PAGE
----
UPCOMING EVENT: TOYOTA SERIES - 2020 - Ft. Gibson

Figuring Out Rayburn with Powell

Figuring Out Rayburn with Powell
Hensley Powell

Hensley Powell has found himself smack in the middle of a challenging situation: He’s an FLW Tour rookie on a lake he’s never been to before. That lake is also eight feet higher than normal.

Kicking off the season on Sam Rayburn is enough of a challenge without the high water. Though the lake is unquestionably one of the best in the country, it’s also gigantic and hosts a cadre of locals that might be second to none on the fishery. So, it’s a daunting task for even the heartiest of rookies, but Powell certainly is that.  

 

Due the flooding on Rayburn, there are only a few ramps open, and the water has flooded out most of the docks. It makes putting the boat in the water a bit more of a task than usual. As such, we meet at 6:45 a.m. CT, a full 30 minutes before the pros can launch, and Powell ferries fellow rookie Bailey Boutries out to his boat before sitting down to tie up some tackle and wait.

Powell has quickly and quietly amassed quite a record with FLW. In just three years fishing the Costa FLW Series, he’s earned over $90,000, and he got a win at Table Rock in the Central Division in 2018. Powell earned a top 10 every year fishing the Southeastern Division in 2015, 2017 and 2018. Last season, he finished fifth in the Southeastern Division standings and qualified for the FLW Tour.

 

After a little more waiting around, it’s finally time to go, and the pros takeoff safely — but en masse — spreading out across Rayburn as the sun rises. Powell cuts across a few wakes and runs north along one side of an arm for a few minutes before deciding to switch over to the other side. A few minutes later, he sets the boat down well off the bank.

 

After a few minutes of idling near where he had found some hydrilla on the first day of practice, Powell cuts the Mercury and pulls out a lipless crankbait to fire around. After a few minutes of fishing, he cuts his bait off and goes to a bigger one, but it takes a while to get a bite.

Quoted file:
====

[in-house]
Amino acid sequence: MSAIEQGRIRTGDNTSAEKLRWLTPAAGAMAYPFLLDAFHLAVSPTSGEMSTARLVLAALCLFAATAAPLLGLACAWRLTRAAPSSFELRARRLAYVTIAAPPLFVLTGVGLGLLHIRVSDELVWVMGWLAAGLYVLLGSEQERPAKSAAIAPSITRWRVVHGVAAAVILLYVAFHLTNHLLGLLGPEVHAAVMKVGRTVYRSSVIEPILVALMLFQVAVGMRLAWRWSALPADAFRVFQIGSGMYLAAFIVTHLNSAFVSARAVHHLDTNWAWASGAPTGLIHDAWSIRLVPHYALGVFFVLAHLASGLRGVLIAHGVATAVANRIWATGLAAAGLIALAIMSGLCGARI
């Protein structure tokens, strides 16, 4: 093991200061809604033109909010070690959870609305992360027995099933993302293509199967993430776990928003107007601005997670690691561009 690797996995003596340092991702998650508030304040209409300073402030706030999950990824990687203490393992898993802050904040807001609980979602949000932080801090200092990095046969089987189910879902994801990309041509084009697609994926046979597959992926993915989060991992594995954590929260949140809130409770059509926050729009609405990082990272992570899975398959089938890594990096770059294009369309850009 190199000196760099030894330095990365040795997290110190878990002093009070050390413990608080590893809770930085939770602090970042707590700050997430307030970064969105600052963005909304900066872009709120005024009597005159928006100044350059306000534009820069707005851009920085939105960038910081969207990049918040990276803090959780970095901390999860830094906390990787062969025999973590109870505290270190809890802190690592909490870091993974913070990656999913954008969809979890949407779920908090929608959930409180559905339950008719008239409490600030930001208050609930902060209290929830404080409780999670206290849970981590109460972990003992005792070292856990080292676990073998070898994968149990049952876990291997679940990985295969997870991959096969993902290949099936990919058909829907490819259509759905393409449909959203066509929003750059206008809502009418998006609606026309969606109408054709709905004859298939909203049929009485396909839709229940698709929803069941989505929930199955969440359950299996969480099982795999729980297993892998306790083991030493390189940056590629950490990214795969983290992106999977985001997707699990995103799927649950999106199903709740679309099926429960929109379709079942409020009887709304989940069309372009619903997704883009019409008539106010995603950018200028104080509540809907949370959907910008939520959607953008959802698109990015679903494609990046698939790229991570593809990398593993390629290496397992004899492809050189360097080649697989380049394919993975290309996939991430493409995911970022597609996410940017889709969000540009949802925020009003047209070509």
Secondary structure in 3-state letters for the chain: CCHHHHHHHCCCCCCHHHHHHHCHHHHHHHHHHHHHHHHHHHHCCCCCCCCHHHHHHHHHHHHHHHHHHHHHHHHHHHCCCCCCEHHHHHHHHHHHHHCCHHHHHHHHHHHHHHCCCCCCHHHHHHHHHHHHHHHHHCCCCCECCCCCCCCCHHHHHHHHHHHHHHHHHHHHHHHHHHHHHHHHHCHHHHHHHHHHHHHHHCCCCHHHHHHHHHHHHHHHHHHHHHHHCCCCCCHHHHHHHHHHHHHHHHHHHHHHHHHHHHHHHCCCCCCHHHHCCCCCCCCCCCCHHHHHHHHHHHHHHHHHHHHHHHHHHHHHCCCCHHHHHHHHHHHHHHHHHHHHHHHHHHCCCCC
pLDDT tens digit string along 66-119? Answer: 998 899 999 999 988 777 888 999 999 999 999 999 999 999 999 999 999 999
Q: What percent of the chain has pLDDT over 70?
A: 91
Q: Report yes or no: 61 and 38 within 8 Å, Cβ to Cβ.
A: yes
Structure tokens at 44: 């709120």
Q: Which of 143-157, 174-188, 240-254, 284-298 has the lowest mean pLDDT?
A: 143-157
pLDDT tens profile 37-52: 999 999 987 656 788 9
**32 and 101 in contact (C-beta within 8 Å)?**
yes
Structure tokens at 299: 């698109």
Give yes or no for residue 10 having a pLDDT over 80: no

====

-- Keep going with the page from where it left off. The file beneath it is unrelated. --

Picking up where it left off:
His first bite doesn’t hook up, and his second is just a little spotted bass. As he probes the hydrilla, Powell explains that he didn’t really fish much of it on day one, preferring to flip the flooded bushes and trees that are abundant on Rayburn. However, that wasn’t super successful – he spent hours and hours without any bites, though he did stumble on a pretty fruitful stretch.

After working a flat and then down the grass along a shoreline with just the two fish-related incidents, Powell puts up his rods for a move.

 

Pulling into a cove across the lake, Powell picks up a rod rigged with his Zorro Hensley Powell Signature Series HP Jig and starts flipping. He obviously loves the idea of picking up a flipping stick and not setting it down, but his extremely spotty performance with it on day one of practice has him concerned. Nevertheless, this cove is near where he caught them the other day, and the cover in it looks right.

After flipping around for a couple hundred yards without a bite, Powell decides it’s not happening.

 

Idling his way out, a tasty looking patch of grass catches Powell’s eye, and he stops to fish, adding a blade bait to his arsenal along the way. Because the grass is so deep, it takes a bit more than usual wait to get a bait down to it effectively. Unfortunately, this stop doesn’t produce, but Powell isn’t done giving it chances.

Powell’s next couple stops are all focused on hydrilla or grass, and though he dabbles with a spinnerbait and a jerkbait, the lipless crankbait and blade bait get the bulk of the action. None of it is very productive.

 

Though he started with just five rods on deck, the pile has grown as the day has gone on. Even so, Powell is far from an Andrew Upshaw-style practicer, and he never really came close to building a huge pile while I was with him. Powell says his storage is “redneck,” but his rod organization is certainly good – in the locker they’re all socked, and he had the date and pound test on a label on each reel.

 

It’s time for a move, and it’s not a short run. Running across the lake, Powell decides to flip a little more, but this time he’s targeting steep banks – places where he can actually see where the water ends. It seems like an excellent idea, but it doesn’t produce.

 

Idling out, Powell grabs a snack and decides to make use of his Lowrance a bit more. Back home, Powell does teaching trips for Lowrance electronics, and he’s without a doubt an expert in the craft. He runs multiple transducers, has his units wicked dialed, and knows exactly what he’s looking at. Poking around deeper, Powell marks plenty of tasty looking grass and some fun rock as well. Still, there don’t seem to be any fish present.

 

Even without marking anything, Powell can’t resist a few casts, and he pulls out a crankbait and a Carolina rig to do it. Some of the stuff sure looks good, but yet again, Powell can’t buy a bite.

 

Around 11:30 a.m., with just one small fish on the day, Powell declares that it’s time for a big move. So, he runs back to drop me at the dam before heading to (hopefully) greener pastures. Though he’s got one potential spot in his pocket from day one, he knows he’s going to have to find a bunch more to be competitive in his first go-round on the FLW Tour.

Tags: jody-white  pre-tournament  2019-01-10-sam-rayburn-reservoir 

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